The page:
In the example, the insulating block B, the side length of which is 10 mm, is used, the diameter of the conduits P1, P2, P3 and P4 is about 3 mm and the quantity of mercury is about 0.5 gram, as a result of which a remarkably good effect can be obtained. In addition, the configuration of the insulating block B may be modified to other ones. It is important that the induction coil C and the phase selector S are fixedly built in the body of a hearing aid so that the corresponding coil L1 and conduit P1 thereof may be parallel to each other and so on. Also, such a unit construction of the induction coil C and the phase selector S makes it easy to build the unit in the body of a hearing aid. The induction coil C and the phase selector S are, as is shown in FIG. 3, electrically connected to each other, wherein both ends of the coil L1 are connected to the terminals 1a and 1b arranged at the open end of the corresponding conduit P1, both ends of the coil L2 are connected to the terminals 2a and 2b, both ends of the coil L3 are connected to the terminals 3a and 3b, both ends of the coil L4 are connected to the terminals 4a and 4b, respectively and the outputs of each of coils L1, L2, L3 and L4 are added to be picked up at the output terminals.
Hereafter, the operation of the device of the example will be described. Generally, a primary induction coil or a loop coil magnetically coupling to secondary induction coils embedded in a hearing aid, etc. is laid under the floor of a room, so that the direction of a sound magnetic field generated by the primary induction coil is perpendicular to the floor. Thus, in the case where the primary induction coil (not shown) is horizontally laid down, if the coil L1 has, as is shown in FIG. 1, a perpendicular direction, other coils L2, L3 and L4 have downwardly inclined directions. In this case, the coil L1 has the best sensitivity for the sound magnetic field and a sound output current induced in the coil L1 becomes largest. On the other hand, sound output currents induced in other coils L2, L3 and L4 are relatively small and also have phases opposite to that of the current induced in the coil L1 because coils L2, L3, and L4 incline downwardly. Under this condition, the phase selector S takes a posture as is shown in FIG. 2, each of terminals 2a, 2b; 3a, 3b; 4a, 4b of the conduits P2, P3 and P4 is shorted by mercury H and only terminals 1a, 1b of the conduit P1 are open. Accordingly, only the output of the coil L1 appears across the output terminals of FIG. 3. Assuming that the coil L1 would gradually incline from the posture in FIG. 2, resultantly the output thereof would be gradually reduced, while any of other coils, for example, the coil L2 would incline upwardly, and the output thereof which has the same phase as that of the coil L1 would be gradually increased. As a result of which, the terminals 2a, 2b of the conduit P2 are caused to open and the outputs of both coils L1 and L2 are added, appearing across the output terminals in FIG. 3. Thus, in this example of the present invention, only the sound output currents of the same phase induced in any of the coils L1, L2, L3 and L4 can be added and picked up, while those of the opposite phase are cancelled by shorting any of the corresponding coils irrespective of the posture of the body of a hearing aid in which the device of the present invention is incorporated. According to the experimental data, whatever the posture of a hearing aid may vary, the total sound output current ranges within the scope of about 1.3 dB.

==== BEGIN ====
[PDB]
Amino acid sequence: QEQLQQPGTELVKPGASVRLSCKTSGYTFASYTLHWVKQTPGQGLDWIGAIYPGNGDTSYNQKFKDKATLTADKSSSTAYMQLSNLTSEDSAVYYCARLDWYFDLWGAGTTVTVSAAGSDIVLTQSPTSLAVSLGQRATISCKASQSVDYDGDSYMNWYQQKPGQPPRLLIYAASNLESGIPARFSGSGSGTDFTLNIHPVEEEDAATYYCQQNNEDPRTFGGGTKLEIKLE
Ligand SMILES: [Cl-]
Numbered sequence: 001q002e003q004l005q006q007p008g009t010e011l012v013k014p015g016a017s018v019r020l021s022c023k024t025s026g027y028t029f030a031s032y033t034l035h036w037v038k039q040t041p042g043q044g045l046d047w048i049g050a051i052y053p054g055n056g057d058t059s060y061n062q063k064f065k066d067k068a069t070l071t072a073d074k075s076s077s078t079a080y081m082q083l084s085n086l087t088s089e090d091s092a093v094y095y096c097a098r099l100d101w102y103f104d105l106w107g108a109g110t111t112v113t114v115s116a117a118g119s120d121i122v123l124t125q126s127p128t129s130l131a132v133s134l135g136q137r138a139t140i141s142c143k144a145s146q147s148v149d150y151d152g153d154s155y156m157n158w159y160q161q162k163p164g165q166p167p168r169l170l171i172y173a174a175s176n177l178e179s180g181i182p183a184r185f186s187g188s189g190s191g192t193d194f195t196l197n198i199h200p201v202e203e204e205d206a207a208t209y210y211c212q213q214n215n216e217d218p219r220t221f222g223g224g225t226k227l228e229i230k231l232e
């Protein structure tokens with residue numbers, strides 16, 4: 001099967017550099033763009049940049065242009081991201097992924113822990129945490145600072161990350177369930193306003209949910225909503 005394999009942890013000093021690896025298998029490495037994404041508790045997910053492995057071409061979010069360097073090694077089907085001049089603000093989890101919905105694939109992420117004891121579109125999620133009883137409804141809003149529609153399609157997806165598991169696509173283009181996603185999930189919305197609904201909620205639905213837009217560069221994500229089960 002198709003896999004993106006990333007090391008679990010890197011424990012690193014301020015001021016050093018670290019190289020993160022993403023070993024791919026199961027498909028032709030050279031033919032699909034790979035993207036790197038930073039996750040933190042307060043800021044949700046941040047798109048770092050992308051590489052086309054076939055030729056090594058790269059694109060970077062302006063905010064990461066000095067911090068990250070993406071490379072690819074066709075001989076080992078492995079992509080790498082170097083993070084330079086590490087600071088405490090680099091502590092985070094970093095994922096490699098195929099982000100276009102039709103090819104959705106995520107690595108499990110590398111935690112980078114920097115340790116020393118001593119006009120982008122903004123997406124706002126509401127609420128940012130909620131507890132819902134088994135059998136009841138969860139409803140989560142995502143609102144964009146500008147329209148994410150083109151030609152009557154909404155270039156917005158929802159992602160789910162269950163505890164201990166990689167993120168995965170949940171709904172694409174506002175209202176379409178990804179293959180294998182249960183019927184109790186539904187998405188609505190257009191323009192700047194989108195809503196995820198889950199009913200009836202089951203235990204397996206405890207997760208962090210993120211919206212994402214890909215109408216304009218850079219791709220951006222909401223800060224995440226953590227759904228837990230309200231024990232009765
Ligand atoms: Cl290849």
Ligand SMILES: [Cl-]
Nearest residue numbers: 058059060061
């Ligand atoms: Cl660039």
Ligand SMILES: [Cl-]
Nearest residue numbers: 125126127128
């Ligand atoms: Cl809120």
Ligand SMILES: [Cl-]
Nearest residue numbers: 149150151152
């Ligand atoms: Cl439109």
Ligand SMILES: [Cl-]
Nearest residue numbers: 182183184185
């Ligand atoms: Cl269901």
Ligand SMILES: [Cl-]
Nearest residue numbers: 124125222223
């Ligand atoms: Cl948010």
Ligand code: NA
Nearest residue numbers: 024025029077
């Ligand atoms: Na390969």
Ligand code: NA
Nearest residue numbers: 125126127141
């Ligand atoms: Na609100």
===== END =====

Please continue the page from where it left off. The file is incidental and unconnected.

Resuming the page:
Hereafter, another example of the present invention will be described by referring to FIGS. 4 and 5. FIG. 4 illustrates a regular tetrahedron-like conductive block B the side length of which is almost 10 mm and which has four conduits P1, P2, P3 and P4 for charging a suitable quantity of conductive fluid, for example, mercury. Conduits P1, P2, P3 and P4 described above are formed so that they extend from each apex Y1, Y2, Y3 and Y4 of the conductive block B, through the center O1 thereof to each of the corresponding planes, and accordingly they intersect each other at the center O1 of the conductive block B.
The diameter of each conduit is actually selected to be about 3 mm, and both ends of each conduit are sealed by an insulating cover 2 with a terminals 1a, 1b, 2a, 2b, 3a, 3b, 4a or 4b therein. As is apparent from FIG. 5, the induction coil C which is composed of four coils L1, L2, L3 and L4 is electrically connected through phase selecting circuits X1, X2, X3 and X4 to a phase selector S which is substantially composed from the conductive block B. Also, four coils L1, L2, L3 and L4 and the phase selector S are fixedly arranged in the body of a hearing aid so that the corresponding coils and conduits are parallel to each other. In this case, it may be well to organize the induction coil C and the phase selector S in a unitized structure. The coils L1, L2, L3 and L4 in FIG. 5 correspond to the coils represented by the same references in FIG. 1, respectively. The output end of the coil L1 is connected to the phase selecting circuit X1 including a transistor Tr1, and also the output ends of the coils L2, L3 and L4 are connected to the corresponding phase selecting circuits X2, X3 and X4 in the same manner. In this case, it is noted that output currents which are 180° out of phase to each other can be obtained at the output ends of the phase selecting circuit X1, namely at the collector terminal Y1a and at the emitter terminal Y1b. The terminals Y1a and Y1b are respectively connected to terminals 1a and 1b mounted at the ends of the conduit P1 which is correspondent to the coil L1 of the phase selector S. Thus, the same relationship is established between terminals Y2a, Y2b ; Y3a, Y3b ; Y4a, Y4b of other phase selecting circuits X2 ; X3 ; X4 and terminals 2a, 2b; 3a, 3b; 4a, 4b respectively of other conduits P2 ; P3 ; P4. The outputs of these coils L1, L2, L3 and L4 are added and then are supplied to an amplifier A (not specified) through the conductive block B.